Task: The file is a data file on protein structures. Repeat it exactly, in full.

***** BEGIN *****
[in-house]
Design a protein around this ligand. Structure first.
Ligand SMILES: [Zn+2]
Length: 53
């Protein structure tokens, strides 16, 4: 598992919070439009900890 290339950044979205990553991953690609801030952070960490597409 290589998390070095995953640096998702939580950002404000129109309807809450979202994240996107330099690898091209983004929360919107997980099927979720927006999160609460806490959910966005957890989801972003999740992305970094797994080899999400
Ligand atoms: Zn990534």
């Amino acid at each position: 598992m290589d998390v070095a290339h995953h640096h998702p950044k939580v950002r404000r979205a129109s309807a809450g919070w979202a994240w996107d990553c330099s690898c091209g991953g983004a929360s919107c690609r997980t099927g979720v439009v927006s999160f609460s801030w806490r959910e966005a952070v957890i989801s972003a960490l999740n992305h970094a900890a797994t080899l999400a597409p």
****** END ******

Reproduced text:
[in-house]
Design a protein around this ligand. Structure first.
Ligand SMILES: [Zn+2]
Length: 53
């Protein structure tokens, strides 16, 4: 598992919070439009900890 290339950044979205990553991953690609801030952070960490597409 290589998390070095995953640096998702939580950002404000129109309807809450979202994240996107330099690898091209983004929360919107997980099927979720927006999160609460806490959910966005957890989801972003999740992305970094797994080899999400
Ligand atoms: Zn990534």
């Amino acid at each position: 598992m290589d998390v070095a290339h995953h640096h998702p950044k939580v950002r404000r979205a129109s309807a809450g919070w979202a994240w996107d990553c330099s690898c091209g991953g983004a929360s919107c690609r997980t099927g979720v439009v927006s999160f609460s801030w806490r959910e966005a952070v957890i989801s972003a960490l999740n992305h970094a900890a797994t080899l999400a597409p």